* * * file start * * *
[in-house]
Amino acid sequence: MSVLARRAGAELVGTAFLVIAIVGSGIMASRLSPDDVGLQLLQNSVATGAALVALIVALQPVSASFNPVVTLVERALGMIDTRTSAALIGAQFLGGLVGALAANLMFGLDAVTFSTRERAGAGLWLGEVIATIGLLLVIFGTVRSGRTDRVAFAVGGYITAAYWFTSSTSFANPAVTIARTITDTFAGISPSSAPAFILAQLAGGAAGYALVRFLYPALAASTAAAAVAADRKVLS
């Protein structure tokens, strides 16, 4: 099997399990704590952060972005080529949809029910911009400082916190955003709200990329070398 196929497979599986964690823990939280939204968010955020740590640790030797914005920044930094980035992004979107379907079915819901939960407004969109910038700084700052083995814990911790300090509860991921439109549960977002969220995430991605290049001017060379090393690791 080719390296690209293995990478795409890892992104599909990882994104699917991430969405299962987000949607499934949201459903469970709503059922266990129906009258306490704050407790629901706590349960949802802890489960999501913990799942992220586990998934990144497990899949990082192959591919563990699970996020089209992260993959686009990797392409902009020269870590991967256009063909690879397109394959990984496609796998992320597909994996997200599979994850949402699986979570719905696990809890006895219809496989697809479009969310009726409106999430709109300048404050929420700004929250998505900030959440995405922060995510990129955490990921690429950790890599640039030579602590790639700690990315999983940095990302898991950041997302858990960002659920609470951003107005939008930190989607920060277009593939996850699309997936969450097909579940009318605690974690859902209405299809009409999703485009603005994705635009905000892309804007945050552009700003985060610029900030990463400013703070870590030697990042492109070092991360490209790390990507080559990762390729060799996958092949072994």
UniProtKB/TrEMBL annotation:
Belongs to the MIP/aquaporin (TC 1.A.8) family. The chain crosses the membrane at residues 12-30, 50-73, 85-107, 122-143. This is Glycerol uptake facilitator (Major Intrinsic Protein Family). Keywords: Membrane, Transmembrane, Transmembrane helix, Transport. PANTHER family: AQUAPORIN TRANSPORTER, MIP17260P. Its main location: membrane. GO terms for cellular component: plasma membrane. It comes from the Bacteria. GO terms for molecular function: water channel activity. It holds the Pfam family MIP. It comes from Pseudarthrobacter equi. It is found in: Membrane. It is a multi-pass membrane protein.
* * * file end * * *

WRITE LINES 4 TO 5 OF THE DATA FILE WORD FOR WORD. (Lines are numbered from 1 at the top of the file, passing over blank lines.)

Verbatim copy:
UniProtKB/TrEMBL annotation:
Belongs to the MIP/aquaporin (TC 1.A.8) family. The chain crosses the membrane at residues 12-30, 50-73, 85-107, 122-143. This is Glycerol uptake facilitator (Major Intrinsic Protein Family). Keywords: Membrane, Transmembrane, Transmembrane helix, Transport. PANTHER family: AQUAPORIN TRANSPORTER, MIP17260P. Its main location: membrane. GO terms for cellular component: plasma membrane. It comes from the Bacteria. GO terms for molecular function: water channel activity. It holds the Pfam family MIP. It comes from Pseudarthrobacter equi. It is found in: Membrane. It is a multi-pass membrane protein.